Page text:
Perhaps you’ve seen the film: in 2001, a coalition of campesino irrigators, factory workers, Indigenous federations, and civil society groups blockaded the streets and paralyzed Bolivia’s highland city of Cochabamba. They were demanding the exit of a multinational corporate conglomerate that sought to monopolize their valley’s water—the very stuff of life. The government declared martial law and one young man was killed in the ensuing police crackdown. But against all odds, and to the world’s great surprise, the coalition won.
The story earned international headlines, including a long-form story in the New Yorker, and inspired a feature-length film starring Mexican heart-throb Gael García Bernal. Suddenly, the dry mountain valley of Cochabamba was a global symbol of promise—welcome proof that popular resistance to global privatization was possible.
The multinational’s departure was applauded as “the first great victory against corporate globalization in Latin America.” But the Water War’s distinction as a historical “first” surfaces a parallel explanation for the conflict’s wide appeal: it neatly satisfied a growing appetite for myths of the anti-neoliberal political imagination.
The Cochabambinos’ was a stunning victory, and a heartening one. But the Water War of 2000-2001 was merely the most explosive episode in a long legacy of water conflicts in Cochabamba that date back to the Incan Empire. This considerably longer history is the subject of Water For All: Community, Property and Revolution in Modern Bolivia by Latin American historian Sarah T. Hines. The book recounts the shifting landscape of water infrastructure, rights, and political power in the city of Cochabamba and the adjacent valleys of Valle Alto and Sacaba from the late 19th century to the early years of the Evo Morales presidency.
Hines situates the headwaters of Cochabamba’s hydrosocial history in the drought of 1878, the harms of which expedited the state’s ongoing efforts to dismantle and eradicate the valley’s Indigenous communities. The drought also cleared the way for the 1906 privatization of the valley’s water. The unequal terms of ownership and access asserted here, at the turn of the century, would become the arena of conflict between the state, the landed elites, and the interconnected ethnic communities who fought to reclaim their right to water over the next hundred years. While hyperlocal, these disputes were at the same time deeply imbricated in global geopolitics: from the aftershocks of the Mexican Revolution in the 1920s to the incursion of the Inter-American Development Bank in the 1960s, and the growing retinue of foreign engineering consultants flocking to the valley in the second half of the century.
It is all too easy to read the history of water in Cochabamba teleologically, with the Water War as its Hollywood-worthy climax. But this gets it backwards. Rather than filling in the backstory to Cochabamba’s moment in the global spotlight, Water For All serves to tell a more important and comprehensive kind of story about conflict, resources, and survival.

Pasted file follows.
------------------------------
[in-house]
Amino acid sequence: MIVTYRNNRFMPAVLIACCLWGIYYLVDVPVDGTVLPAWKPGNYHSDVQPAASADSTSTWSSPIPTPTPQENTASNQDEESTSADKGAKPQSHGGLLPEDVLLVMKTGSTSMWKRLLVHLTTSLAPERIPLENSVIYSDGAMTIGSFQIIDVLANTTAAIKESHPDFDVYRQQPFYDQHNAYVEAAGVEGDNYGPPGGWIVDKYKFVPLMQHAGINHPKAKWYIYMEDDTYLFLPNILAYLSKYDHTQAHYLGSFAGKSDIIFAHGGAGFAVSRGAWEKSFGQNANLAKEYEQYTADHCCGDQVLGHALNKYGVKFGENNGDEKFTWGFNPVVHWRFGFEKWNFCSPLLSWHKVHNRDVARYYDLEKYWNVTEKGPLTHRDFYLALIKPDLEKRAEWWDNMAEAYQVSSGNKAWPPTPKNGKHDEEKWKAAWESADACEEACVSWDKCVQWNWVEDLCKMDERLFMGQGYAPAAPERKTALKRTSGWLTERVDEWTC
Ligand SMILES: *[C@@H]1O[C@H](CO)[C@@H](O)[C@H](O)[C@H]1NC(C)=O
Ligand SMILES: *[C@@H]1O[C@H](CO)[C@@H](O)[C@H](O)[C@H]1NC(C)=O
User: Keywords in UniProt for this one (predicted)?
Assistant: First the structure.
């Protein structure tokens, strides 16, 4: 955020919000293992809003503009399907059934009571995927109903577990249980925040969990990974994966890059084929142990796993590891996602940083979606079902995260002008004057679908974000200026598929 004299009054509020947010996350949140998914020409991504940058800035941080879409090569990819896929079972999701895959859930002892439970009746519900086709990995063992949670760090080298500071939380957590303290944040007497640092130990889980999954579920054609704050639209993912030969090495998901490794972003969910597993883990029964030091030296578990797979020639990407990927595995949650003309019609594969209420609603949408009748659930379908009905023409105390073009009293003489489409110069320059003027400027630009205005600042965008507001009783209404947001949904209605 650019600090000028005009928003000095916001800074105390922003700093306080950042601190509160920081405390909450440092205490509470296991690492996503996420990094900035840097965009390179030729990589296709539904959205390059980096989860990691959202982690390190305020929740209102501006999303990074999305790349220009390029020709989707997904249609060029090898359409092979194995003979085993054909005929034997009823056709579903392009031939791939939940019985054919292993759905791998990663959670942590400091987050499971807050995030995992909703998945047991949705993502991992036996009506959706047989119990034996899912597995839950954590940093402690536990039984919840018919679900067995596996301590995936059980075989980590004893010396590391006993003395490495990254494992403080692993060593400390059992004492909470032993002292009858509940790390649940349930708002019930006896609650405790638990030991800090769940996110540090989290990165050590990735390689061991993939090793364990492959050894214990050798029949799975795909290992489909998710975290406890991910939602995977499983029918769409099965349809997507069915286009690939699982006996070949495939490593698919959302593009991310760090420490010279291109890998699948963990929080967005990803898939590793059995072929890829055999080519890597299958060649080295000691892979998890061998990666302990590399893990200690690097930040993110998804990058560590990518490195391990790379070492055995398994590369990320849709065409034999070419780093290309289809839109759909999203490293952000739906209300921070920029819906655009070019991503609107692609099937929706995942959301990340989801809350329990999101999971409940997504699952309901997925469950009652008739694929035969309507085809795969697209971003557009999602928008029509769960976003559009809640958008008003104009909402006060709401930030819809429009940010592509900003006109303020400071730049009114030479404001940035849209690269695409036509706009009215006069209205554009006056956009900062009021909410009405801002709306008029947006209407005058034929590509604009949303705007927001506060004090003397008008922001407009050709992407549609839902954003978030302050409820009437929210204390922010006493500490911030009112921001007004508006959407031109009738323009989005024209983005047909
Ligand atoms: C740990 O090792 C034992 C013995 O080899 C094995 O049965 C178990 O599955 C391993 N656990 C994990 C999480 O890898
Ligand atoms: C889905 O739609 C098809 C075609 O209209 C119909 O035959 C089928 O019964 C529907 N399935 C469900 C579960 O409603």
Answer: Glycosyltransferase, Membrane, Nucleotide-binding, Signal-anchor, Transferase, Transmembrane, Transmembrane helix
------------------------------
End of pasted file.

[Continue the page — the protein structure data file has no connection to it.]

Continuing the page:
The story is messy, morally ambiguous, and unhurried. It makes for a plodding read. But this is precisely the point. Hines’s work, which chronologically unfolds her painstaking archival and ethnographic research, shows that disaster strikes quickly and often, but that survival moves slowly. Our histories should too.
One reason that the Water War proved so captivating was that its good vs. evil narrative neatly pitted an unquestionably callous American multinational against a uniquely unitary coalition of the Bolivian “people.” But Hines’s research, at its best, complicates this notion of “people" considerably. In most of the preceding century’s water conflicts, lines were not so clearly drawn.
For instance: small landholders and the descendants of laborers on the valley’s vast haciendas, large landholdings established during the colonial period, often shared Indigenous roots and inhumane treatment at the hands of Cochabamba’s elites. Yet their differing relationships to land and water access regularly put these two groups at odds, creating political rifts that were routinely exploited by the city’s municipal government.
What’s more, the very designation of mestizo emerged in part from the expropriations that set Cochabamba’s contemporary water conflicts in motion. When a deadly drought struck in the 1870s, the national government seized its moment by waging war on the country’s Indigenous communities, slicing and dicing collective lands into private parcels, among other harmful policies. As Cochabamba’s ruling class accumulated water titles in volumes even more grossly disproportionate than their land holdings, so-called “indios” once defined by their tributary membership in traditional Indigenous communities found themselves either small landowners or, even more precariously, at the mercy of the haciendas. With the legal and demographic status of “indio” suddenly dissolved by the elimination of their community groups, these transplanted laborers were lumped into the undifferentiated designation of mestizo—a category now central to Cochabamban identity.